orthodontic purposes the flanges of the impression tray are extended to allow maximum

reproduction of the alveolar process. Alginate is by far the most commonly used impression

material in orthodontics.

[See Orthodontic casts (Orthodontic models)]

[See Orthodontic impression trays]


The number of new patients acquiring a disease or condition over a predetermined time period, as

generated by an analytic epidemiological investigation of a prospective longitudinal nature.

[Compare with Prevalence]


Pertaining to, or in the direction of, the incisal edge of the anterior teeth.

Inclination (Third order, “Torque”)

Angular deviation of the long axis of a tooth from a line

perpendicular to the occlusal plane, in the labiolingual, or

buccolingual direction.

[Compare with Angulation (Second order, “Tip”)]

Inclined plane

An oblique surface (slope) used to correct a crossbite of one or more incisors.

The inclined plane can be part of a removable appliance or it can be fixed on the

teeth of the opposing arch. Inclined planes also have been used as part of

functional appliances to induce an anterior or posterior mandibular position.


A relative or arbitrary system of measurement used to describe or quantify a condition. The

purpose of an index is to reduce the multitude of variables that enter into a diagnosis and influence

the assessment of the severity and prognosis of a condition, to a format (numerical or categorical)

that permits direct comparison.

Many indices have been advocated in orthodontics; some have been developed to classify

malocclusion into types (the Angle classification being a prime example), others to record

prevalence of malocclusion in epidemiological studies. In addition, certain occlusal indices (such as

the IOTN and PAR index) are meant mainly as methods of determining the need for treatment, or

as indicators of the clinical outcome of treatment.



• Cephalic index

A numerical expression of the ratio between biparietal diameter

and fronto-occipital diameter of a living person’s head.

[Compare with Index, Cranial. ] The cephalic index is calculated

by the formula “maximum head width x 100/maximum head

length. ” It is used in anthropometry to classify skulls as

dolichocephalic (cephalic index up to 75.9), mesocephalic

(between 76 and 80.9) or brachycephalic (81 or larger).

[Compare with Index, Cranial index]


• Cranial index

The equivalent of the cephalic index in a dry skull; a craniometric measurement.


• Facial index

A numerical expression of the proportionality of the face. The facial index is calculated by the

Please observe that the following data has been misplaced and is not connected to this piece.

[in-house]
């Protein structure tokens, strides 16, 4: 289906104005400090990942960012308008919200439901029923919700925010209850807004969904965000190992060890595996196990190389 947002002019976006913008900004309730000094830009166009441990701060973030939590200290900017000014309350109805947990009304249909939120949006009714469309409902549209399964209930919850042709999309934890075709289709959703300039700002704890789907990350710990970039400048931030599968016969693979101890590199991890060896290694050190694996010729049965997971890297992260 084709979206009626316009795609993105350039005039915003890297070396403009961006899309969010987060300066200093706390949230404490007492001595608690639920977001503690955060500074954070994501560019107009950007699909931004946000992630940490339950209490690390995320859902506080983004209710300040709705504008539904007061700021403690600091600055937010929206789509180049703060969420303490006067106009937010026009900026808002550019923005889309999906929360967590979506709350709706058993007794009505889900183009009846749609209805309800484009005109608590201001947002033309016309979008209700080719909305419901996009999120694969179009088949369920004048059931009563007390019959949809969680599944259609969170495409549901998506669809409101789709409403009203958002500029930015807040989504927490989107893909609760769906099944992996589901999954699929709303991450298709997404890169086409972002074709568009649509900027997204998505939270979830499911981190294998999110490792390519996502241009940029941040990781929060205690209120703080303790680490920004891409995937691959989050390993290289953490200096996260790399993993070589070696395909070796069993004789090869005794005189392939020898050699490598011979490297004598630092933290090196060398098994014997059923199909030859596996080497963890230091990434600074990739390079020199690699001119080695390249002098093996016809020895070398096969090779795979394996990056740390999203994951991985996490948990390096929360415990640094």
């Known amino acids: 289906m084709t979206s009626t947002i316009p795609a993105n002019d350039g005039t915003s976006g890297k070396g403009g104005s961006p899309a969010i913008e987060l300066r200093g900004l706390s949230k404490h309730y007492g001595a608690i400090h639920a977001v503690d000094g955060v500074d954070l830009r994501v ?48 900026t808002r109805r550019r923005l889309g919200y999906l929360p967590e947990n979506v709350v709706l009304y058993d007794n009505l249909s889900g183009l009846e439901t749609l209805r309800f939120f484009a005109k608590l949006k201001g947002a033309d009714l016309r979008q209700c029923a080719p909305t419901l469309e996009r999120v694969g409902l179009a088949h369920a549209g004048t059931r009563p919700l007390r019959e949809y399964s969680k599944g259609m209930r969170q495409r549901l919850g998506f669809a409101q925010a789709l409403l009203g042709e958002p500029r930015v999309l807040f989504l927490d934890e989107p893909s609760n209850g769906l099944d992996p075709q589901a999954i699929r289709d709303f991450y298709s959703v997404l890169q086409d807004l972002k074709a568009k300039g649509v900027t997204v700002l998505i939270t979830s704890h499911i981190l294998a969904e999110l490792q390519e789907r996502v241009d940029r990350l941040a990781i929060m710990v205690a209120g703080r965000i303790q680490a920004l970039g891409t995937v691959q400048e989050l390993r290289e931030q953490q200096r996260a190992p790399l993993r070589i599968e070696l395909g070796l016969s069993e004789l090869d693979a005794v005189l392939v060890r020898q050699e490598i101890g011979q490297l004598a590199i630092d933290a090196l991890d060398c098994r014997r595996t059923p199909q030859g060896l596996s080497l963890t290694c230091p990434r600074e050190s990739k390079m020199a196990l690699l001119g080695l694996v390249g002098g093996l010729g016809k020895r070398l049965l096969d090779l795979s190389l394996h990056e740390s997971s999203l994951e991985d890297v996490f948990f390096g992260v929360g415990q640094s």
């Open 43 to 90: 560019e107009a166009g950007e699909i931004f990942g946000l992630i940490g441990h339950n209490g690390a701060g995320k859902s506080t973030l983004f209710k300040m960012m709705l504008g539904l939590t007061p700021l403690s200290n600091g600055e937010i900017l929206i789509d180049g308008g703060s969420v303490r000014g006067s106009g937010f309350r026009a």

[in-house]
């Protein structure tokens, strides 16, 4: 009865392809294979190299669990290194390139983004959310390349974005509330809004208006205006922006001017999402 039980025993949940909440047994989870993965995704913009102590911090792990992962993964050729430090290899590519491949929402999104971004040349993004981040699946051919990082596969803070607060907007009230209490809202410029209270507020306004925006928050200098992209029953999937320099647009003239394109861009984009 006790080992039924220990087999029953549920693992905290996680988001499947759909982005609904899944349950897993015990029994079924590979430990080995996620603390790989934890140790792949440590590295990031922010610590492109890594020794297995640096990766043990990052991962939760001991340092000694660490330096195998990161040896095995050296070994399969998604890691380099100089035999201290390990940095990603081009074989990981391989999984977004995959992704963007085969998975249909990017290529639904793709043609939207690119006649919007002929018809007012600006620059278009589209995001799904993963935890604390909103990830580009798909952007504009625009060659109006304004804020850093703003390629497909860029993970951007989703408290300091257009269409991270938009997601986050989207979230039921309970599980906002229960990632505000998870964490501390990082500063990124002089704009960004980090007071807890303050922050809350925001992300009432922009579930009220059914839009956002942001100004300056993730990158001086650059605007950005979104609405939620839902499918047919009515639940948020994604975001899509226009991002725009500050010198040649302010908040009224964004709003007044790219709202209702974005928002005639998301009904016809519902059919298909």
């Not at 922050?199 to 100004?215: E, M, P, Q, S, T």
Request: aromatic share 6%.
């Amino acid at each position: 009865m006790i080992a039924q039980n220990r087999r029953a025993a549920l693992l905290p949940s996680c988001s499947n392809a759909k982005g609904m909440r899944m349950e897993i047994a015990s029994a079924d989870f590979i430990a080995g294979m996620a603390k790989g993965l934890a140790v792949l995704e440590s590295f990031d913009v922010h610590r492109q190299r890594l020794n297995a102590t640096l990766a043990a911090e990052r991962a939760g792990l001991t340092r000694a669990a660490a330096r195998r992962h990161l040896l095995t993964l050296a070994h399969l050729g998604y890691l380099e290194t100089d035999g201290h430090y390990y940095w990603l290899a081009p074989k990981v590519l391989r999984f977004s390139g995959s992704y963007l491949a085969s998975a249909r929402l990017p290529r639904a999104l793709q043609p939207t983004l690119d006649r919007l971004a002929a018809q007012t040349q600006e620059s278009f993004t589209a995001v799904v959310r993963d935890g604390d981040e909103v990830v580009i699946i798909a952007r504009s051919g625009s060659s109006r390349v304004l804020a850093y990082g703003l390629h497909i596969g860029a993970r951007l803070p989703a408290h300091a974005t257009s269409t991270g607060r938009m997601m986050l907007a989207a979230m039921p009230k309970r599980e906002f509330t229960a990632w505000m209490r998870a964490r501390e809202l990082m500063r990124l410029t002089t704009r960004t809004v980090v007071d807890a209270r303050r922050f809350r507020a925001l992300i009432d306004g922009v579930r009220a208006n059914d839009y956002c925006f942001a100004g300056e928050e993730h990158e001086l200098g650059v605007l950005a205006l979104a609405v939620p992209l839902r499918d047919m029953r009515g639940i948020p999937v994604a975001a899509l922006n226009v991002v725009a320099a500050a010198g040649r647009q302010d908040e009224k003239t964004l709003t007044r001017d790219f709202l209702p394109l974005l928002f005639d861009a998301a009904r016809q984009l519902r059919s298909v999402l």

formula: “facial height x 100/zygomatic width. ” It is used in anthropometry to classify faces as

euryprosopic, mesoprosopic or leptoprosopic.


• Index of orthodontic treatment need (IOTN)

An index developed by P. H. Brook and W. C. Shaw in 1989. The IOTN ranks malocclusions in

terms of the significance of their various components for the individual’s dental health and

perceived esthetic impairment. The intention is to identify those individuals who would most likely

benefit from orthodontic treatment. It incorporates a dental health and an esthetic component. The

dental health component can be applied either clinically or on study casts, by categorizing each

occlusal trait contributing to the malocclusion into one of five grades (grade 1 = no need for

treatment, grade 5 = great need). The measurements are facilitated by a specially designed ruler.

The esthetic component consists of a 10-point scale illustrated by a series of numbered

photographs to which the patient’s situation is compared.


• Irregularity index

An index introduced by R. M. Little in 1975 for standardized assessment of mandibular anterior

crowding. It involves measuring the linear displacement of the anatomic contact points (as

distinguished from the clinical contact points) of each mandibular incisor from the respective points

of the adjacent teeth. The sum of these five displacements represents the relative degree of

anterior irregularity. Perfect alignment from the mesial aspect of the left to the right canine would

yield a score of 0, with increased crowding represented by greater displacement, and thus a higher

index score. The measurements are performed with a caliper, parallel to the occlusal plane.

Vertical discrepancies between adjacent contact points are not taken into account, as it is assumed